Falmouth Resident Photographs Encounter With Great White Shark
By: Christopher Kazarian
The photograph is straight out of the movie “Jaws”—a great white shark’s dorsal fin peeks out of the water, just feet from a kayaker looking back as he attempts to paddle away.
That picture, taken by East Falmouth summer resident Michele R. Negrotti, has captivated the nation’s attention after it was picked up by the Associated Press following that close encounter at Nauset Beach in Orleans this past Saturday. Yesterday it was still being featured on the Yahoo.com home page and was listed as a top picture on MSNBC.com while both local and national television news stations have referred to the image during their recap of the story.
As Ms. Negrotti recounted yesterday afternoon, it was a once-in-a-lifetime sighting—in her case, twice—of a shark in Cape waters. “I’ve swam there [Nauset Beach] for the past 16 years, ever since I had my twin babies,” she said. “We always see seals, which are very popular there, but I had only seen a dorsal fin once when my twins were just babies.”
That sighting, roughly 16 years ago, was the brief topic of conversation on Saturday for Ms. Negrotti, her family, and their friends as they enjoyed what started off as a relatively quiet day at Nauset Beach.
As her children, Christopher, 16, and Matthew, 13, played Frisbee in the water, Ms. Negrotti suggested her daughter, Jessica, 16, join them. “She said, ‘No, I’m not going to go in. Besides I saw a shark over there,’ ” Ms. Negrotti said, at which point she picked up her digital camera and noticed a shark tailing a pair of kayaks, one red and one blue, about 100 yards offshore.
The shark began tailing the blue kayak and at one point got within five to 10 feet of it, which Ms. Negrotti was able to capture in digital form.
As the scene unfolded, Ms. Negrotti said, a group of onlookers, which included her husband Mark, began to wave the kayaker, later identified as Walter Szulc Jr. of New Hampshire, to shore as other beachgoers were instructed to get out of the water. “It wasn’t a panic scene,” Ms. Negrotti said. “It was very calm, everyone got out of the water and people were waving and shouting to the kayaker to paddle.”
Unlike most days at Nauset Beach, Ms. Negrotti said, the water was unusually calm, which was probably a good thing for Mr. Szulc. “The surf there is usually a lot rougher,” she said. “If it was a typical day, I’m not sure we would have seen the shark before we caught his attention.”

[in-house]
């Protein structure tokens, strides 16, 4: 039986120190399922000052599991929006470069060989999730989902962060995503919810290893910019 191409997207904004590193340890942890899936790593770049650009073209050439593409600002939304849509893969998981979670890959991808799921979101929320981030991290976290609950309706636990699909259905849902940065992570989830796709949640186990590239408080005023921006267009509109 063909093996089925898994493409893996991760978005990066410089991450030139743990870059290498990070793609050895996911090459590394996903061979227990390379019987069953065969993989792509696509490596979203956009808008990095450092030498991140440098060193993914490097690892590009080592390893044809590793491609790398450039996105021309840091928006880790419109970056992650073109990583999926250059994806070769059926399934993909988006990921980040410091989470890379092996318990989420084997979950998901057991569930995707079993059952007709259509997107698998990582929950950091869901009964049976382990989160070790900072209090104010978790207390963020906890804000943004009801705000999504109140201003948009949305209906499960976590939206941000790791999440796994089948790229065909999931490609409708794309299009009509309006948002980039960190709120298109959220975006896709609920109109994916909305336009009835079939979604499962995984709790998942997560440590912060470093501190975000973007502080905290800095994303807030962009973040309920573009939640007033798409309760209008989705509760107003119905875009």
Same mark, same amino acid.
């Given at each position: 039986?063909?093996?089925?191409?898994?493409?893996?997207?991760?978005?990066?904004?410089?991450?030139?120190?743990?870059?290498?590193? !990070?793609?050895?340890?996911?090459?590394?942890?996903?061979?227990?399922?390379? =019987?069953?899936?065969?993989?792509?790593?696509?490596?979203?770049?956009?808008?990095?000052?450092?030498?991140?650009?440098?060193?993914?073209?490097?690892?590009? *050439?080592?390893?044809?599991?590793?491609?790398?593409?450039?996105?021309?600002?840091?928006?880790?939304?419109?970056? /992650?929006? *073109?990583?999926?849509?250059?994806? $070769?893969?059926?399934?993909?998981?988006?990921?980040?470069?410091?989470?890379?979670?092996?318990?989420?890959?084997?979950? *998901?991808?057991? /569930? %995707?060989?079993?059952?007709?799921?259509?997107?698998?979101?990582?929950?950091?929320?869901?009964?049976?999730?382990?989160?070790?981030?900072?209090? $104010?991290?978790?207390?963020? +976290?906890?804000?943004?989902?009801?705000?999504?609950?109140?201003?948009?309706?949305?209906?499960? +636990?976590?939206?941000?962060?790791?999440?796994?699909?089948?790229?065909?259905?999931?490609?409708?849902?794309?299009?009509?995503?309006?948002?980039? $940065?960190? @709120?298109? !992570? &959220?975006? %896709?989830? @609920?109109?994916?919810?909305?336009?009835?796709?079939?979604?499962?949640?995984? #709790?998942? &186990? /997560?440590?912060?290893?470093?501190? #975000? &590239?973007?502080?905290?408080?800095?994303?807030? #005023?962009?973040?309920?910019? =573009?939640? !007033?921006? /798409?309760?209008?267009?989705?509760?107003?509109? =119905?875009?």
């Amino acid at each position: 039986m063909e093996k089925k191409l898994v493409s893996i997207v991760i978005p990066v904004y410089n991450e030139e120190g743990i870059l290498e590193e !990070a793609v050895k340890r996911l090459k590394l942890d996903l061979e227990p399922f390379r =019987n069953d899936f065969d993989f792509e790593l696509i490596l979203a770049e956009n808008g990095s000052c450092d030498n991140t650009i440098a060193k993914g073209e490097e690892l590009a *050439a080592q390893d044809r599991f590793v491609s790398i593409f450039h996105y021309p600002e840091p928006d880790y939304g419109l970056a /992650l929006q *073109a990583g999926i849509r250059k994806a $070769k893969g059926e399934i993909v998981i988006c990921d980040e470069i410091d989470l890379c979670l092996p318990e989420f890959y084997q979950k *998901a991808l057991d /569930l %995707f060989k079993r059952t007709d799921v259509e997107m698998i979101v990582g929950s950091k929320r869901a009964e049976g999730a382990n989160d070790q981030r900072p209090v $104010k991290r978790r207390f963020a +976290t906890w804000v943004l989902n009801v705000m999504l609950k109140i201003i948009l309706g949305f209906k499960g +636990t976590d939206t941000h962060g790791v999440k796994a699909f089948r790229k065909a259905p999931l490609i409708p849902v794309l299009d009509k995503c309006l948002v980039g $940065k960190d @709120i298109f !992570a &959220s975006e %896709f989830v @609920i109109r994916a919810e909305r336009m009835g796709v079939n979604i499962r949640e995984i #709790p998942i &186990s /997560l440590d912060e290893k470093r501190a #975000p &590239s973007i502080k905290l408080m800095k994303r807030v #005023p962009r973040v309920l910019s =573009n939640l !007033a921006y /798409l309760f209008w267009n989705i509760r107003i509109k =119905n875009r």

If he had been nudged or panicked or flipped the boat, that shark was really close. I was fearful for the man at the time. I’m glad it ended the way it did. Everyone was.
When the kayaker finally got out of the water, Ms. Negrotti said, “he was very shaken. It was his first time kayaking and he had told his daughter earlier that day, ‘What are the odds of me seeing a shark?’ It’s a good thing he remained calm.”
An estimated 3,000 people were at the beach that day, Ms. Negrotti said, with many not knowing what had happened and why they could not go into the water.
Some learned the reason why through Ms. Negrotti, who walked up to the lifeguard station immediately after the incident, camera in hand, as hundreds of children got a glimpse of the images she had just taken. “They were all excited to see it,” she said.
She finally showed the picture to the beach lifeguards, who then contacted the town’s harbor master, who confirmed the sighting of the great white shark, estimated to be between 12 and 15 feet long, by boat, effectively shutting down the beach for the remainder of the day.
Since then Ms. Negrotti has spoken to dozens of news outlets, including a telephone interview with “ABC News” as well as “Good Morning America” and sold two of her photos to the Associated Press.
While she is an avid photographer, she expressed surprise that no one else captured similar images of the scene. “I think I was the one closest to the water with a great camera,” she said, noting that the attention her two photos have received may compel her to pursue photography beyond just a hobby.
At the least, she said, she has an image worthy of framing either in their house in Upton or their summer one, owned by her in-laws Robert and Barbara Negrotti, in East Falmouth.
Perhaps the most gratifying aspect of the whole ordeal is that, unlike the Stephen Spielberg film, this story had a happy ending. “If he had been nudged or panicked or flipped the boat, that shark was really close. I was fearful for the man at the time,” Ms. Negrotti said. “I’m glad it ended the way it did. Everyone was.”